After the German occupation of Denmark on 9 April 1940, Henrik Kauffmann, Danish Ambassador to the United States, made an agreement "In the name of the king" with the United States, authorizing the United States to defend the Danish colonies on Greenland from German aggression – this agreement faced Kauffmann with a charge of high treason by the protectorate Government. The first US-sponsored installations at Thule were established after the US Secretary of State Cordell Hull and the defected Danish Minister to the United States Henrik Kauffmann signed The Agreement relating to the Defense of Greenland in Washington, D.C. on the symbolically chosen date of 9 April 1941. The treaty, denounced by the Danish government, allowed the United States to operate military bases in Greenland "for as long as there is agreement" that the threat to North America existed. Beginning in the summer of 1941, the US Coast Guard and the War Department established weather and radio stations at Narsarsuaq Airport (Bluie West-1), Sondrestrom Air Base (Bluie West-8), Ikateq (Bluie East Two), and Gronnedal (Bluie West-9). In 1943 the Army Air Forces set up weather stations Scoresbysund (Bluie East-3) on the east coast around the southern tip of Greenland, and Thule (Bluie West-6) to be operated by Danish personnel. Many other sites were set up, but BW-6, isolated in the far North, was then of very minor importance. [5]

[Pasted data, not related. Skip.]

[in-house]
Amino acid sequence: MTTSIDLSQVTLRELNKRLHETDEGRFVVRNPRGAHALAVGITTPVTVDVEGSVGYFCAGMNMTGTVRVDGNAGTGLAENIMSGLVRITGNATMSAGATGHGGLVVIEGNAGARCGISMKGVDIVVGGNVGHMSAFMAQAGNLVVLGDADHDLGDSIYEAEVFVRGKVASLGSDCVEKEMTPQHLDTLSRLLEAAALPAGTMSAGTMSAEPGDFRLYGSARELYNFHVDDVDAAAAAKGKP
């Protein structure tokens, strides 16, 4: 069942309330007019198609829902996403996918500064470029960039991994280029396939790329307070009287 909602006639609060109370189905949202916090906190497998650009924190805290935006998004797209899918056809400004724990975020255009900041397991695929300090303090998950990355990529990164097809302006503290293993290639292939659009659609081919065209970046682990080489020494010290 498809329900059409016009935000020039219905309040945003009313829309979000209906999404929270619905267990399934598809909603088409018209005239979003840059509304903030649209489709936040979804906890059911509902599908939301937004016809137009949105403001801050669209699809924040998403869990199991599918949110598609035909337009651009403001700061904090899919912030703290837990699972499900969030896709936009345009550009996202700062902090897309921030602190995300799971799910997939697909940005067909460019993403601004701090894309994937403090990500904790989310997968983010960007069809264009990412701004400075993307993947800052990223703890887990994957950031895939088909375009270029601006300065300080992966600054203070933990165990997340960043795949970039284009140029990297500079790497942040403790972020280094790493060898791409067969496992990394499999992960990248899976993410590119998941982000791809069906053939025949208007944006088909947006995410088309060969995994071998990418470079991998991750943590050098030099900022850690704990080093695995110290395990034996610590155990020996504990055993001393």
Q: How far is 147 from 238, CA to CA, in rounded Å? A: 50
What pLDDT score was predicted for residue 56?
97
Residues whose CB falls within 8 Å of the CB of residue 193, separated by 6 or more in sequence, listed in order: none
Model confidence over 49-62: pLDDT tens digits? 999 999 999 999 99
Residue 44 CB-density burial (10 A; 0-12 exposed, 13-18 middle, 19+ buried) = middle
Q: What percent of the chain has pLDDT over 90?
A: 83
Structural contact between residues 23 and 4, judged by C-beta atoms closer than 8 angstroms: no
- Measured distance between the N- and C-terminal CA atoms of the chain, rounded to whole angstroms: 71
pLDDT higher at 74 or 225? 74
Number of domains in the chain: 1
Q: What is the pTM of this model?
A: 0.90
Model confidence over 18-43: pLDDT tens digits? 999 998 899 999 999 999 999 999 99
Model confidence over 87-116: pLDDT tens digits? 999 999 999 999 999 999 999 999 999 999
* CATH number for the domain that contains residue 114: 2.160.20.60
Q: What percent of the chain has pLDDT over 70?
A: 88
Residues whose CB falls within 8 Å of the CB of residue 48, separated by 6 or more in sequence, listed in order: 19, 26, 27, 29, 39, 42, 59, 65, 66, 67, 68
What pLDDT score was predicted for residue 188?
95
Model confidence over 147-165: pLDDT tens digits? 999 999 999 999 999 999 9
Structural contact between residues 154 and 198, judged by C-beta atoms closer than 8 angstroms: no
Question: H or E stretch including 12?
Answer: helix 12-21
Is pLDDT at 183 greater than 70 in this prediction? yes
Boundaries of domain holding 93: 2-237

Joint weather station

After liberation, Denmark ratified the Kauffmann treaty but began efforts to take over US installations. Nonetheless, in summer 1946, the radio and weather station was enhanced with a gravel airstrip and an upper-air (balloon) observatory. This was part of an American-Canadian initiative to construct joint weather stations in the High Arctic. This station was under joint US-Danish operation. The location changed from the civilian village at Thule (Dundas) to mainland Pittufik. In 1946–1951, the airstrip played an important role in Arctic resupply, aerial mapping, research, and search-and rescue.

The ratification of the treaty in 1951 did not change much, except that the Danish national flag must be side by side with the US national flag on the base.

Modern air base

In 1949, Denmark joined NATO (North Atlantic Treaty Organization) and abandoned its attempt to remove the United States bases. By the outbreak of the Korean War next year, the USAF embarked on a global program of base-building in which Thule (at the time) would be considered the crown jewel owing to its location across the Pole from the USSR, as well as its merit of being the northernmost port to be reliably resupplied by ship. Thule became a key point in American nuclear retaliation strategy. Strategic Air Command (SAC) bombers flying over the Arctic presented less risk of early warning than using bases in the United Kingdom. Defensively, Thule could serve as a base for intercepting bomber attacks along the northeastern approaches to Canada and the US.

A board of Air Force officers headed by Gordon P. Saville made a recommendation to pursue a base at Thule in November 1950. It was subsequently supported by the Joint Chiefs of Staff and approved by President Truman. To replace the agreement entered into during World War II between the US and Denmark, a new agreement with respect to Greenland was ratified on 27 April 1951 (effective on 8 June 1951). At the request of NATO, the agreement became a part of the NATO defense program. The pact specified that the two nations would arrange for the use of facilities in Greenland by NATO forces in defense of the NATO area known as the Greenland Defense Area.